Weekly Review: COVID-19 Legal and Ethics Issues – March 22, 2021

Weekly Review: COVID-19 Legal and Ethics Issues – March 22, 2021

Vaccination of Health Care Workers & Vaccine Mandates

A new Kaiser Family Foundation/Washington Post Frontline Health Care Workers Survey found more than 4 in 10 health care workers nationwide remain unvaccinated against the coronavirus. 1 in 8 health care workers indicate they haven’t yet decided whether or not they will pursue vaccination, and nearly 1 in 5 state they have no intention of getting the shot(s).

As we approach a time when Covid-19 vaccine supply outstrips demand, and more readily transmissible virus variants become more widespread, I expect we will see increasing calls for vaccine mandates to be implemented in certain settings. While vaccine uptake rates have been rising, and mandates likely would not be needed or ethically justifiable in most settings, the assurance of a fully vaccinated workforce caring for vulnerable populations in health care settings would be one employment environment with a strong ethical justification for requiring, rather than merely encouraging, vaccination (employees in correctional facilities being another). As I’ve discussed here and elsewhere before, and as Professor Dorit Reiss outlines at Bill of Health, business and government mandates for vaccines approved under Emergency Use Authorizations have not yet been tested in the courts; however, there appear to be no legal barriers to their implementation.

Eviction Moratorium: Two More Federal Court Setbacks

In the past two weeks, Federal District Courts in Ohio and Tennessee have declared the Centers for Disease Control’s eviction moratorium invalid for exceeding the authority granted to the agency under federal law, raising significant questions about the ability to continue to protect tens of millions of people from the health harming damages of housing loss during the twin crises of an ongoing economic recession and pandemic. In both cases, the courts read narrowly the following passage from 42 U.S.C. § 264, which grants the Surgeon General (now the CDC) power to protect against interstate outbreaks:

The Surgeon General, with the approval of the Secretary, is authorized to make and enforce such regulations as in his judgment are necessary to prevent the introduction, transmission, or spread of communicable diseases from foreign countries into the States or possessions, or from one State or possession into any other State or possession. For purposes of carrying out and enforcing such regulations, the Surgeon General may provide for such inspection, fumigation, disinfection, sanitation, pest extermination, destruction of animals or articles found to be so infected or contaminated as to be sources of dangerous infection to human beings, and other measures, as in his judgment may be necessary. [emphasis mine]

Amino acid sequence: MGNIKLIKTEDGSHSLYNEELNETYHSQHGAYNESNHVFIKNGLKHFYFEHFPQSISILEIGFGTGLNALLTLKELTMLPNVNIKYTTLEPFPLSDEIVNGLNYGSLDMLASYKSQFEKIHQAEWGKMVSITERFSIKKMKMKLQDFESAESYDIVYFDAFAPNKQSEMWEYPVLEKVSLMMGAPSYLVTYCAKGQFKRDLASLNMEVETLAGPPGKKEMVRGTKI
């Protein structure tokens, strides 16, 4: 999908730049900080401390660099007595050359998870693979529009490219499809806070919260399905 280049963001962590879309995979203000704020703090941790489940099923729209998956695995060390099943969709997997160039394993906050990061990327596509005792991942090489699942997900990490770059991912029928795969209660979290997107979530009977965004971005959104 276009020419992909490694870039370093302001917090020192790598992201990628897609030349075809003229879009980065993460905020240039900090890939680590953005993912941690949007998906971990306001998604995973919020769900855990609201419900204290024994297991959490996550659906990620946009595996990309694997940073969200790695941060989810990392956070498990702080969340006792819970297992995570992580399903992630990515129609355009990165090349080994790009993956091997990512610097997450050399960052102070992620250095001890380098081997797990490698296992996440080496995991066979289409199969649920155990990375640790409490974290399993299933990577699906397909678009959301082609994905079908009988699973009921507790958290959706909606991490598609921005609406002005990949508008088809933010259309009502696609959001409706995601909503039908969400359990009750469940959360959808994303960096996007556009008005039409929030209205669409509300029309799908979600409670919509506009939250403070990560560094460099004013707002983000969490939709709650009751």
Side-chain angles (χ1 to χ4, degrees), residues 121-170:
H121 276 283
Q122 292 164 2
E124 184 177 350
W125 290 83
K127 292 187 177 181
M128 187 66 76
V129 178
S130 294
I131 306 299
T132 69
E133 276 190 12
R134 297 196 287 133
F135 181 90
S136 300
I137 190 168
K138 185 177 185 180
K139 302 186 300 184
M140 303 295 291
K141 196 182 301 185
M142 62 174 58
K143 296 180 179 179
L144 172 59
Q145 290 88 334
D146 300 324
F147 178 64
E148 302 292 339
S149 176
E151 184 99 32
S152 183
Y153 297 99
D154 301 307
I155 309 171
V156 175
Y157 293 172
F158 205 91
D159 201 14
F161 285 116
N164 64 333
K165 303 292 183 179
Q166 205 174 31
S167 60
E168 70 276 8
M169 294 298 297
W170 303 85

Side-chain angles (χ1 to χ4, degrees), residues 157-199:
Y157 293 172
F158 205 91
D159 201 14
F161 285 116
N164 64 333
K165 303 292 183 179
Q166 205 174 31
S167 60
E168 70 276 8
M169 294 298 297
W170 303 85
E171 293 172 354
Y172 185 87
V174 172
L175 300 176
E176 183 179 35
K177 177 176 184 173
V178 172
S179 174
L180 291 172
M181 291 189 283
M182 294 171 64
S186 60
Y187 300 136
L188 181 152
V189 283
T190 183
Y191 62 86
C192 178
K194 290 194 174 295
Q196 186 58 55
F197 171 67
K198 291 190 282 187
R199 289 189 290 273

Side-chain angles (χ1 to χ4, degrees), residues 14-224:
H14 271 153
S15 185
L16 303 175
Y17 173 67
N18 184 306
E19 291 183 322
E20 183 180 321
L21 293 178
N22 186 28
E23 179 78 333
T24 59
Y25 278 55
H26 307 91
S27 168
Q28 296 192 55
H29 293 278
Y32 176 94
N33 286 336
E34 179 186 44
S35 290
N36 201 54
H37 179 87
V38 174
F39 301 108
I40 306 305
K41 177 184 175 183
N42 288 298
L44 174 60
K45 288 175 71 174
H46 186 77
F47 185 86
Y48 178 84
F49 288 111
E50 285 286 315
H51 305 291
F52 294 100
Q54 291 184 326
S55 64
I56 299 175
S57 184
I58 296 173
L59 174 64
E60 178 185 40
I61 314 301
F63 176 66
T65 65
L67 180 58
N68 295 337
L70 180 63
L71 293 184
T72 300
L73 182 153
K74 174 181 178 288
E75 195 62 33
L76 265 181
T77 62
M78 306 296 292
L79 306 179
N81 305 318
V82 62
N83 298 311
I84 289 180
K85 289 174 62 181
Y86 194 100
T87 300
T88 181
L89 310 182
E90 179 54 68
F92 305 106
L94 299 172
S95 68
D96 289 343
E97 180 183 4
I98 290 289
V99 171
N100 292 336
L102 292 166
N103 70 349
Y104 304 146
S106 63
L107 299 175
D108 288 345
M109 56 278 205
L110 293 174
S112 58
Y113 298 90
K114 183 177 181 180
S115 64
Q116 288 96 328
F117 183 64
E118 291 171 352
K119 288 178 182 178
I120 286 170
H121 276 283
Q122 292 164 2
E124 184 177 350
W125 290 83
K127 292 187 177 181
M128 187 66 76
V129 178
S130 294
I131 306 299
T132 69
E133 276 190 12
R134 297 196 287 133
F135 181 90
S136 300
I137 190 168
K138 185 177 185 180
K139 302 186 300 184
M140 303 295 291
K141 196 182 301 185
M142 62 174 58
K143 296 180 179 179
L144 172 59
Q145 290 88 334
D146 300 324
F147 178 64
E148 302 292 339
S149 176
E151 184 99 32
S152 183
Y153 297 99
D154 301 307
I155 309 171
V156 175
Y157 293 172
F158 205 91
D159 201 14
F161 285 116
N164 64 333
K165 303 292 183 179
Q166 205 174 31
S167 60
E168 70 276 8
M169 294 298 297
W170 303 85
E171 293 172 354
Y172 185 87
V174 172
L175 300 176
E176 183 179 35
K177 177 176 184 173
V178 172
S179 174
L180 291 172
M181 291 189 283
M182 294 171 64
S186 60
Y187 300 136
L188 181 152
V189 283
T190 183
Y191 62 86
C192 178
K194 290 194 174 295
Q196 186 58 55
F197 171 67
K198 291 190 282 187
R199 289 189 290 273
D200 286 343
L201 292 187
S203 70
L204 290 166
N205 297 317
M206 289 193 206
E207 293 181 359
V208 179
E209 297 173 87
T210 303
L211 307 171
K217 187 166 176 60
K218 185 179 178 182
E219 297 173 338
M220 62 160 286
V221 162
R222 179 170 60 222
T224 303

According to the courts, the “inspection, fumigation, disinfection, sanitation, pest extermination, destruction of animals or articles” passage indicates limits to the types of steps the CDC can take to attempt to limit communicable disease transmission. Specifically, this would seem to constrict federal power to reacting to extant “flare ups,” and leave the federal agency with very limited authority to implement upstream measures that could prevent increased risks of outbreaks from occurring. The inclusion of language like “such regulations as in his judgment are necessary” and “other measures” appears to me to be an acknowledgement of the drafters of the law that they wished to give the Federal government some flexibility as they could not anticipate the full range of responses that might be needed in the future to address an epidemic. The reading by these two courts, however, seems to want to box the Federal government in to using only those tools that may have existed to fight past outbreaks. This makes three Federal District courts that have opposed the eviction moratorium, and two that have upheld the rule. Stay tuned for more updates, as these decisions are being appealed.

Paid Vaccination Leave

New York State just enacted a law that will give every employee in the state up to 4 hours of paid leave time per shot to get vaccinated against Covid-19, regardless of the size of business, or whether that business is public or private.

Federal Emergency Broadband Benefit

The digital divide continues to pose challenges for individuals and families during the pandemic, complicating everything from going virtually to school to shot signups. Folks who may be struggling to pay for internet access during the pandemic should look at whether they qualify for support under this program.

|2021-03-22T08:35:37-04:00March 22nd, 2021|COVID-19 Literature|0 Comments

About the Author: Ross Silverman

Ross Silverman
Ross D. Silverman, JD, MPH, is Professor of Health Policy and Management at Indiana University Fairbanks School of Public Health and Professor of Public Health and Law at Indiana University McKinney School of Law in Indianapolis. He is a member of the IU Centers on Health Policy and Bioethics. His research focuses on public health and medical law, policy, and ethics, and law's impact on health outcomes and vulnerable populations. He also serves as Associate Editor on Legal Epidemiology for Public Health Reports, the official journal of the Office of the U.S. Surgeon General and the U.S. Public Health Service. His most recent Covid-19 publications include: "Ensuring Uptake of Vaccines Against SARS-CoV-2" in the New England Journal of Medicine (with MM Mello & SB Omer), and "Covid-19: control measures must be equitable and inclusive" in BMJ (with ZD Berger, NG Evans & AL Phelan)

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